Yesterday in El Universal, there was this curious tale about an Iranian company that sold the Venezuelan Government three factories to make prefab homes. The whole tale is one of the dysfunctionality that the Venezuelan Government has become. From start to end, the whole thing is a story of inefficiency, incapacity, commissions, fights and over payments. In the end, three factories to build prefab housing sit idle nine months after being handed over to the Government. Of course, all three factories were grandly inaugurated by some Government official and apparently only six houses have been produced by three factories with supposed capacity of 380 houses per week.

Meanwhile, the lawyer for the Iranian company that built the factories says he was ripped off. You see, Iranian companies can not work directly via the US because of the boycott, so that there are companies that charge 10-15% commission, according to the article, to “triangulate” the payments via Canada. Well, the US$ 2.8 million payment is apparently in some sort of limbo, as it was sent to one of these intermediary companies and never reached Iran. The Iranian guy even boasts that some of the equipment for the project traveled via the US, “without anybody” noticing.

Nobody knows why the plants are not working. One guy says they have not been completed. Another says that the Government has not received all the equipment. Meanwhile, apparently Bandes is asking that the US$ 2.8 million in profits be returned. And another guy charges that Venezuela paid twice for the same equipment, with one of them being just steel scrap.

The story is complicated and not easy to understand, but the end result is the same: Like so many other projects, Venezuela spent millions of dollars importing technology that likely was available in Venezuela, from a country that is probably more costly to do business with. In the end, it does not appear as if anything is happening or will happen with the project and the money was simply wasted.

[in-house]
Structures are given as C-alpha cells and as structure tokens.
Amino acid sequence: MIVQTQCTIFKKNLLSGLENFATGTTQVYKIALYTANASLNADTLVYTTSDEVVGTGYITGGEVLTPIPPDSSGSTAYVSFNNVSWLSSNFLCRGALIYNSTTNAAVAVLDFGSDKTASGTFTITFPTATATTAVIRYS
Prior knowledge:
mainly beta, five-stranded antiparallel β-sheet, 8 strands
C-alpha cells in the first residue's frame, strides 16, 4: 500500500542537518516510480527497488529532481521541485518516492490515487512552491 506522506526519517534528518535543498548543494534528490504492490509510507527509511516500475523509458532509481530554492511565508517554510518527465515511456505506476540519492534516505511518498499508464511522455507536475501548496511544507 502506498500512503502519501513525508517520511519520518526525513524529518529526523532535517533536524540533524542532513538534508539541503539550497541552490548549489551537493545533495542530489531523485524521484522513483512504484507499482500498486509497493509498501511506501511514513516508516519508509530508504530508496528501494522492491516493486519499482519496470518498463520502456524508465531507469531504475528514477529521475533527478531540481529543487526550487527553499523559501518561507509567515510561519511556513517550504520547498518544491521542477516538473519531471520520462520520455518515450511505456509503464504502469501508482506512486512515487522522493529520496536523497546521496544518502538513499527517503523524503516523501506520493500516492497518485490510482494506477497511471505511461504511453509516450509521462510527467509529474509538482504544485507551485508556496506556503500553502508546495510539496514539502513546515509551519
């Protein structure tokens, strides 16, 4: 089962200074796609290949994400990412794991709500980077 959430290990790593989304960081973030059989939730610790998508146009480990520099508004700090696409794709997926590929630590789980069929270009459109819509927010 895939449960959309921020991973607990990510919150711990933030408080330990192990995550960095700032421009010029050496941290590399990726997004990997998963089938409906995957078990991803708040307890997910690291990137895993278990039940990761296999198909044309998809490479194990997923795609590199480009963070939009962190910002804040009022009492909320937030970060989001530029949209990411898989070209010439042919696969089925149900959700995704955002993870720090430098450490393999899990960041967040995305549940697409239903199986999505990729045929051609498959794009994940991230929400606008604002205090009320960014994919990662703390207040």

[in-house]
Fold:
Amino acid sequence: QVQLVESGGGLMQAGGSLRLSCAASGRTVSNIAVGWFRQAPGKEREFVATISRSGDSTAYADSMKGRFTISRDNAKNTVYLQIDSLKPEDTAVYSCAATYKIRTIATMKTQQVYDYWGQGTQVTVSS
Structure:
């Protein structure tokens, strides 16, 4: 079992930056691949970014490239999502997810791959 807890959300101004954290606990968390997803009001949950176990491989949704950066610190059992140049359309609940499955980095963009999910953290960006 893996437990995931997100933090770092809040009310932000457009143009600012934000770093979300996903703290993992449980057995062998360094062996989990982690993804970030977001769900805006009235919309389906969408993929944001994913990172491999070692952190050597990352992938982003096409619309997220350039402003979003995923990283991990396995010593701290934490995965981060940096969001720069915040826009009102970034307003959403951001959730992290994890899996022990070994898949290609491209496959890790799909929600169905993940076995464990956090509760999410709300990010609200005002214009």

A contract that simply shows how dysfunctional the Bolivarian Government is from beginning to end in most of the projects it manages.

(I also found this comment intriguing in this interview in the same issue of El Universal: An accusation that in some housing projects, the cost of the housing units ended up being US$ 294 thousand. Way to go! Theye were either huge, so much for popular housing, or a huge rip-off, you take your pick)

What’s Up With Merentes’ Proposed “New” And “Improved” Currency Swap System?

September 12, 2013

swapFor the last two weeks the Government has begun talking about the possibility of reviving the swap (permuta) market, given that Sicad has been a gigantic failure, in that it has done nothing to lower the parallel black exchange rate and the Government has discovered all sorts of scams in it, aided from within.

So, are we to believe this talk about a new foreign exchange swap market, where people will be able to go and buy foreign currency at prices determined by free market forces and without any limitation?

Well, call me skeptical, dubious and  incredulous. I just don’t think so.

Not under the current conditions of limited foreign currency, excess monetary liquidity (and growing!) and artificially low official exchange rate.

Just as a reminder about swaps, when the Government imposed exchange controls in 2003, it banned the use of Brady bonds as a foreign exchange mechanism, which was the parallel mechanism in the Caldera exchange controls in the 90’s.

But then a clever guy, realized that the permuta (swap), whereby you can exchange an object for another, was an instrument which is part of Venezuela’s Codigo de Comercio (Commercial Code) and had nothing to do with securities. Thus, you were forbidden to buy or sell dollars, but you were not forbidden from swapping your house in Caracas for one in Madrid, or a chocolate ice cream for a vanilla ice cream, like the picture above, or more importantly a dollar denominated bond for a Bolivar denominated bond, at a rate determined by you.